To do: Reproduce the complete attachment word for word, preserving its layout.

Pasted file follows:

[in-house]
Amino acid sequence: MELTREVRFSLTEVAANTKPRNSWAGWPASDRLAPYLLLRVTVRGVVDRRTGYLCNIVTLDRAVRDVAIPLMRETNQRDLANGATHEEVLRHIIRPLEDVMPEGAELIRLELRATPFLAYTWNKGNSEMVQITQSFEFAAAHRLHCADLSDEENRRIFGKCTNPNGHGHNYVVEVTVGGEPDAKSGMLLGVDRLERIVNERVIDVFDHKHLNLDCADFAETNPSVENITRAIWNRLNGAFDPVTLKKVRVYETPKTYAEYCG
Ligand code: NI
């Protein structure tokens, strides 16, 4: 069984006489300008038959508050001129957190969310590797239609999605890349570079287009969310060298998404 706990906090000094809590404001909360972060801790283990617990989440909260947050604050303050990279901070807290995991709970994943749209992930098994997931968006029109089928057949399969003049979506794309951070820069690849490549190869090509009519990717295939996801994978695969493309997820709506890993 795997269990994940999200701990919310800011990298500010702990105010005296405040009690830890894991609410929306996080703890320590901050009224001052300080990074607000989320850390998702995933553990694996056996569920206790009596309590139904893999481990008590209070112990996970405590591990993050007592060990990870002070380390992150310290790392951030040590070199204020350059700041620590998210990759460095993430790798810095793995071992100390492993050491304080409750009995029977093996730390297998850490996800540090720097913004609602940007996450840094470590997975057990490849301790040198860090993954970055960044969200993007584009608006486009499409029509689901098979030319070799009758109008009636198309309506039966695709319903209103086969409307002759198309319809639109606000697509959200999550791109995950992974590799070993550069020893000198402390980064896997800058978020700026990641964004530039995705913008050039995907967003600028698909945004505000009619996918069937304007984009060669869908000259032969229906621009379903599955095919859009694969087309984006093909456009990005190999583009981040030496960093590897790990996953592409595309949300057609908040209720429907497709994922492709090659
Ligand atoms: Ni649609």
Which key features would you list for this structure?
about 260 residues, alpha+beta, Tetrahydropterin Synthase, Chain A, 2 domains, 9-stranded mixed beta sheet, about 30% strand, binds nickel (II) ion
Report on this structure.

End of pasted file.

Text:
[in-house]
Amino acid sequence: MELTREVRFSLTEVAANTKPRNSWAGWPASDRLAPYLLLRVTVRGVVDRRTGYLCNIVTLDRAVRDVAIPLMRETNQRDLANGATHEEVLRHIIRPLEDVMPEGAELIRLELRATPFLAYTWNKGNSEMVQITQSFEFAAAHRLHCADLSDEENRRIFGKCTNPNGHGHNYVVEVTVGGEPDAKSGMLLGVDRLERIVNERVIDVFDHKHLNLDCADFAETNPSVENITRAIWNRLNGAFDPVTLKKVRVYETPKTYAEYCG
Ligand code: NI
């Protein structure tokens, strides 16, 4: 069984006489300008038959508050001129957190969310590797239609999605890349570079287009969310060298998404 706990906090000094809590404001909360972060801790283990617990989440909260947050604050303050990279901070807290995991709970994943749209992930098994997931968006029109089928057949399969003049979506794309951070820069690849490549190869090509009519990717295939996801994978695969493309997820709506890993 795997269990994940999200701990919310800011990298500010702990105010005296405040009690830890894991609410929306996080703890320590901050009224001052300080990074607000989320850390998702995933553990694996056996569920206790009596309590139904893999481990008590209070112990996970405590591990993050007592060990990870002070380390992150310290790392951030040590070199204020350059700041620590998210990759460095993430790798810095793995071992100390492993050491304080409750009995029977093996730390297998850490996800540090720097913004609602940007996450840094470590997975057990490849301790040198860090993954970055960044969200993007584009608006486009499409029509689901098979030319070799009758109008009636198309309506039966695709319903209103086969409307002759198309319809639109606000697509959200999550791109995950992974590799070993550069020893000198402390980064896997800058978020700026990641964004530039995705913008050039995907967003600028698909945004505000009619996918069937304007984009060669869908000259032969229906621009379903599955095919859009694969087309984006093909456009990005190999583009981040030496960093590897790990996953592409595309949300057609908040209720429907497709994922492709090659
Ligand atoms: Ni649609």
Which key features would you list for this structure?
about 260 residues, alpha+beta, Tetrahydropterin Synthase, Chain A, 2 domains, 9-stranded mixed beta sheet, about 30% strand, binds nickel (II) ion
Report on this structure.